President Obama on Monday tapped Charlotte, N.C. Mayor Anthony Foxx to replace Ray LaHood as Secretary of Transportation.
Foxx, whose nomination comes one day before his 42nd birthday, has served as Charlotte’s mayor since 2009. Although his political career has been short so far, Foxx made transportation a key issue for the city by backing a streetcar line funded with a $25 million federal grant. He also led a controversial initiative to expand the local airport and to extend the city’s light rail line. Obama cited that work as a key driver in his decision to nominate Foxx.
Prior to his mayoral stint, Foxx was an attorney at Hunton & Williams LLP and he remains a staff attorney for the Charlotte-based bus manufacturer DesignLine.
While on city council from 2005 to 2009, Foxx chaired the Transportation Committee, was a member of the Economic Development & Planning Committee, and served as the Council’s representative to the Charlotte-Mecklenburg Development Corp. and the Mecklenburg-Union Metropolitan Planning Organization.
The announcement ends months of speculation following LaHood’s announcement last year that he intended to follow-through on his stated desire to leave following the end of the president’s first term in 2012.
Foxx was not among the names most popularly bandied about in recent months, as talk focused mainly on Los Angeles Mayor Antonio Villaraigosa and National Transportation Safety Board chair Deborah Hersman.
Transportation industry advocates and insiders reacted to Foxx’s nomination by praising his achievements in Charlotte, though some were unsure about what his comfort level will be with the political workings in Washington, D.C. He worked briefly as a lawyer at the Justice Department and as House Judiciary Committee staff counsel.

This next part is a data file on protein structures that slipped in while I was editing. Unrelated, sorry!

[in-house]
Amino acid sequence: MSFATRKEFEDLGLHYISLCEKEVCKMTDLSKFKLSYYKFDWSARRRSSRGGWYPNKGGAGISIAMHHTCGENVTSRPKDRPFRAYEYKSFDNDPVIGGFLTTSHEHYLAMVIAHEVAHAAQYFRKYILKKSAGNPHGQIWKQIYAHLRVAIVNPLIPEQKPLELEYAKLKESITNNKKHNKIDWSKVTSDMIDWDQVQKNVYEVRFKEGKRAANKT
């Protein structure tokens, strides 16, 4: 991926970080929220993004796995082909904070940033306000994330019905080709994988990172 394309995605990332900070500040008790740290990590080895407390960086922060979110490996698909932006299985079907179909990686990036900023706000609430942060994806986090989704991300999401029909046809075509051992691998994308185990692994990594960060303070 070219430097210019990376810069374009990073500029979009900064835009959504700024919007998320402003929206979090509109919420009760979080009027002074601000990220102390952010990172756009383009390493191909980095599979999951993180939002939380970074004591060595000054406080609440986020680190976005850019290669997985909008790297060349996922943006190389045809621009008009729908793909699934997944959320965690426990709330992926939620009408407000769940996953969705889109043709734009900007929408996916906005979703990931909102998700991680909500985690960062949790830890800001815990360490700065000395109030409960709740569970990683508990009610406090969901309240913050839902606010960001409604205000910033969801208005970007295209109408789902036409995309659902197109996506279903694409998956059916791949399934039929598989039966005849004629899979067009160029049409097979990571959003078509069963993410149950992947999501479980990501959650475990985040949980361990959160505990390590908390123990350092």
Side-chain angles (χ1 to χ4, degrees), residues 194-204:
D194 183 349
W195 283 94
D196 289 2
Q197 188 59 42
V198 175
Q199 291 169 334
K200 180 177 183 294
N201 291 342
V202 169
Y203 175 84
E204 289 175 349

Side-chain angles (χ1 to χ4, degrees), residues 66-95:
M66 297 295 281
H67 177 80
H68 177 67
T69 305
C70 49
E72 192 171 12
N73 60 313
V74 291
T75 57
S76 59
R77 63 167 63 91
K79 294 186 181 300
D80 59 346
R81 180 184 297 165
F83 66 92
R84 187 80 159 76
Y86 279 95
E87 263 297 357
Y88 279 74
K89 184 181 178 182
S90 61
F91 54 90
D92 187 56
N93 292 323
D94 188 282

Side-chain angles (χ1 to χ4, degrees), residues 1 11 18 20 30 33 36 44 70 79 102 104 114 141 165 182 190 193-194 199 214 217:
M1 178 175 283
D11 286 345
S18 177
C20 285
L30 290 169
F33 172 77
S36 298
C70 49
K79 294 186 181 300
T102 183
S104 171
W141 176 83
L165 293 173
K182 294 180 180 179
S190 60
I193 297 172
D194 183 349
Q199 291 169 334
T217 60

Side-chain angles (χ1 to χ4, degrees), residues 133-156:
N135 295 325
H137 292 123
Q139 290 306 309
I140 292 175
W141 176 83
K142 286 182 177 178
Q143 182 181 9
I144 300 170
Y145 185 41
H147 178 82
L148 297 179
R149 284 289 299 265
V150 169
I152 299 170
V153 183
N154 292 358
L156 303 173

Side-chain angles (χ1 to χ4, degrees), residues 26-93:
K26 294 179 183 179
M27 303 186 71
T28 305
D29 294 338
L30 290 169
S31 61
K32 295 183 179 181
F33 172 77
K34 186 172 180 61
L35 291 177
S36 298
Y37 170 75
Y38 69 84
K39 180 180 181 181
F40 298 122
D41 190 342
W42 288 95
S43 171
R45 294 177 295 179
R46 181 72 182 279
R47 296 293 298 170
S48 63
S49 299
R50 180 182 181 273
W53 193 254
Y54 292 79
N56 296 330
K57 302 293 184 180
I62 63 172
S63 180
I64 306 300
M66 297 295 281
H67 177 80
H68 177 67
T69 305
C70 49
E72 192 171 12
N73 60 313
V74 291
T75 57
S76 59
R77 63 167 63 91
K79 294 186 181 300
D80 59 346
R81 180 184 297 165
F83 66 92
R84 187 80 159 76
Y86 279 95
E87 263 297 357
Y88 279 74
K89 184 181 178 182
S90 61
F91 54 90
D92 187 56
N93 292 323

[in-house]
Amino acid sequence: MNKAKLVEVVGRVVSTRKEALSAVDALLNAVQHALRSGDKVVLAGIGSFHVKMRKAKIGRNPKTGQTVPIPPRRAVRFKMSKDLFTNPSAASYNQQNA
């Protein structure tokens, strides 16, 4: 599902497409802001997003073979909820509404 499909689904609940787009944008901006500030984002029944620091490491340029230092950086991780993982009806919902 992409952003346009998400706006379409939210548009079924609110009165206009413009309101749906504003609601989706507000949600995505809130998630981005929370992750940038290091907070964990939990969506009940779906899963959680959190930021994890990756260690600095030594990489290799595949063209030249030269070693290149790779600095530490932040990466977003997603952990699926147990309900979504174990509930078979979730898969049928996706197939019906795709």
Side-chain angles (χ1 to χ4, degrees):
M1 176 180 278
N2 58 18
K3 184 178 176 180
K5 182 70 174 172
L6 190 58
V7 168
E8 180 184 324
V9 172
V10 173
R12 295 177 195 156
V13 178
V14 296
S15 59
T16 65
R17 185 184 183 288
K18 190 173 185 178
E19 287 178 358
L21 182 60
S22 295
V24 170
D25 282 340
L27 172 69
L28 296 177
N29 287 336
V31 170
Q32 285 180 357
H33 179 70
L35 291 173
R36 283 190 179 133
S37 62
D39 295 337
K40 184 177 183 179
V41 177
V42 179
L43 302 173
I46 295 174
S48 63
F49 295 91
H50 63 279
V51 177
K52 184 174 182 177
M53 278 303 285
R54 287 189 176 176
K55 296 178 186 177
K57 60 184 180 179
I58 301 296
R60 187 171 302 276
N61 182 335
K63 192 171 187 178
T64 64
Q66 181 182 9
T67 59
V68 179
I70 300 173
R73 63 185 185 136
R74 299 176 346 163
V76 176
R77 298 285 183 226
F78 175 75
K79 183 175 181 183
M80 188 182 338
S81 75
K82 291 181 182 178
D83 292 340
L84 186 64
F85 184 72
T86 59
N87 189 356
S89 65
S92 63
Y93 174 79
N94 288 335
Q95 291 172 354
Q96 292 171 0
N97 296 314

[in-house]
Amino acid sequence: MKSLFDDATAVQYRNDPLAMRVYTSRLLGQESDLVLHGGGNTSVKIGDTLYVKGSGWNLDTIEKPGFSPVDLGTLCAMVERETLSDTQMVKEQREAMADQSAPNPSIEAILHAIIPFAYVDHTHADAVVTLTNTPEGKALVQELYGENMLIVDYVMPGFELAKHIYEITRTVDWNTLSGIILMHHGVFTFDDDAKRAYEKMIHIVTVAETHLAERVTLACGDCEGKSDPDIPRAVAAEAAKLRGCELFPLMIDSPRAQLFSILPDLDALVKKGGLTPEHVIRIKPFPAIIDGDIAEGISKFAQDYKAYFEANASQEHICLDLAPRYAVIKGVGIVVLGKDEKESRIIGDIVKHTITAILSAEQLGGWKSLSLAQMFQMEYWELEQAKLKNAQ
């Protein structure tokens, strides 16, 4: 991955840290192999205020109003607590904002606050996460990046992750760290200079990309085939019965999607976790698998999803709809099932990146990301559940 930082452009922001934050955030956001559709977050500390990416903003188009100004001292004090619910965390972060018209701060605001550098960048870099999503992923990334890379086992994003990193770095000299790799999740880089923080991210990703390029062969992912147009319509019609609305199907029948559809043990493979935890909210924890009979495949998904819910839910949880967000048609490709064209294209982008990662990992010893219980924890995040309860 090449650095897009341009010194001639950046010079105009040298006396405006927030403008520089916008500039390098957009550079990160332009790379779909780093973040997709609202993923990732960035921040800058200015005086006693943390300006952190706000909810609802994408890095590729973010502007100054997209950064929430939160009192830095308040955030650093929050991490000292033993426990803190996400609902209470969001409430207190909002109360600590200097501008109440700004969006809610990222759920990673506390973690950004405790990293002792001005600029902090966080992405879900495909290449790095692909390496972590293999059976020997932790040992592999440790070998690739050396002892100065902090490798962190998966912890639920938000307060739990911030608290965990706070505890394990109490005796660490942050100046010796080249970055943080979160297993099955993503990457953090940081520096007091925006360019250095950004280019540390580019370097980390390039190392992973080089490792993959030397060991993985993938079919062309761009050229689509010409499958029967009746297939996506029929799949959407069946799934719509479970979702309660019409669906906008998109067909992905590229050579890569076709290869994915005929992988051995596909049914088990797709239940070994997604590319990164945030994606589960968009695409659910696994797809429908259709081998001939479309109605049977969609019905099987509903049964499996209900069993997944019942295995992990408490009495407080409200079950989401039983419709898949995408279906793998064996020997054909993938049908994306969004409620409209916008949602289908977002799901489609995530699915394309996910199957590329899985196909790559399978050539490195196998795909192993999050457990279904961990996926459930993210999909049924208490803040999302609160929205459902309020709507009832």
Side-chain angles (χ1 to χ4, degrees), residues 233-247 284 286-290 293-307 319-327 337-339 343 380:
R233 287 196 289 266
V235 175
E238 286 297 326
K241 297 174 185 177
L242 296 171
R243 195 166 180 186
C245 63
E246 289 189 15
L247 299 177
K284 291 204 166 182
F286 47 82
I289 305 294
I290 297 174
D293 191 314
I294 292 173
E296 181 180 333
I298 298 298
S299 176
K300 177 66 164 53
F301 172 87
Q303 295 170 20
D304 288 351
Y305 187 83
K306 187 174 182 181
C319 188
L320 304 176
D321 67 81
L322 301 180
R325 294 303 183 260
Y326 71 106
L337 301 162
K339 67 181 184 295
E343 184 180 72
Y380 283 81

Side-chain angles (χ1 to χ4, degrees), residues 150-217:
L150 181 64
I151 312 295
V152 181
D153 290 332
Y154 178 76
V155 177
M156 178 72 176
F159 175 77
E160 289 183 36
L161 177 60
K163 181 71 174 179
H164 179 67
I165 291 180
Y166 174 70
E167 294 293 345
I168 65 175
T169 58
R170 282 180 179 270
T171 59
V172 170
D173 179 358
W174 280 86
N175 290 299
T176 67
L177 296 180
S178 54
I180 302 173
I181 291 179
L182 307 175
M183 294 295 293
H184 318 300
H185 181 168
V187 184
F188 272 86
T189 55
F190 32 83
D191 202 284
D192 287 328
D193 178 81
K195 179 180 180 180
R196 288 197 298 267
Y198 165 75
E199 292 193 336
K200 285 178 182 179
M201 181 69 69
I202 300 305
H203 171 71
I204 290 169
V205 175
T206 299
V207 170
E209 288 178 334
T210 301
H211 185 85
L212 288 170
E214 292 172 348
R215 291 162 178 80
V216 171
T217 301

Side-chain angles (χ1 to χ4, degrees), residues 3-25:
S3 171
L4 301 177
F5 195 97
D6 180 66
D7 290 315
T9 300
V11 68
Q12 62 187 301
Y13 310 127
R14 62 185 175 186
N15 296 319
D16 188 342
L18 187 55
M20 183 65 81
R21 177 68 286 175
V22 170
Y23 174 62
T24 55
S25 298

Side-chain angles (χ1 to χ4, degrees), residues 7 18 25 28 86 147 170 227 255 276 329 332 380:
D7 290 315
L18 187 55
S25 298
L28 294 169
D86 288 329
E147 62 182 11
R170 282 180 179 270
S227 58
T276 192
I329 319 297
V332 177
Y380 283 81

“According to our contractor chapter affiliate and other leaders in North Carolina, Anthony Foxx has demonstrated that he sees the intersection of transportation infrastructure investment and economic development,” said American Road and Transportation Builders Alliance president and chief executive officer Pete Ruane. “As mayor of Charlotte, he’s been a thoughtful voice in advocating for development of all modes of transportation in order to help spur the local economy, create jobs and improve mobility. We look forward to working with him to address the challenges facing our national transportation network.”
Jack Schenendorf, an attorney focused on transportation at Covington and Burling LLP in Washington, said time will tell whether Foxx emerges as a “take charge” secretary or prefers a low-key approach. A key policy difference between Foxx and LaHood could be their viewpoints on urban vs. rural development, Schenendorf said. LaHood was a congressman from sparsely-developed southern Illinois when he was selected for the post.
“Mayor Foxx is coming from a fairly large city, so that’s a slightly different take on it,” Schenendorf said.
The Senate will need to hold a confirmation hearing and vote before Foxx could assume his new role.
“I hope the Senate confirms him quickly, Obama said. “Because we have a lot to do.”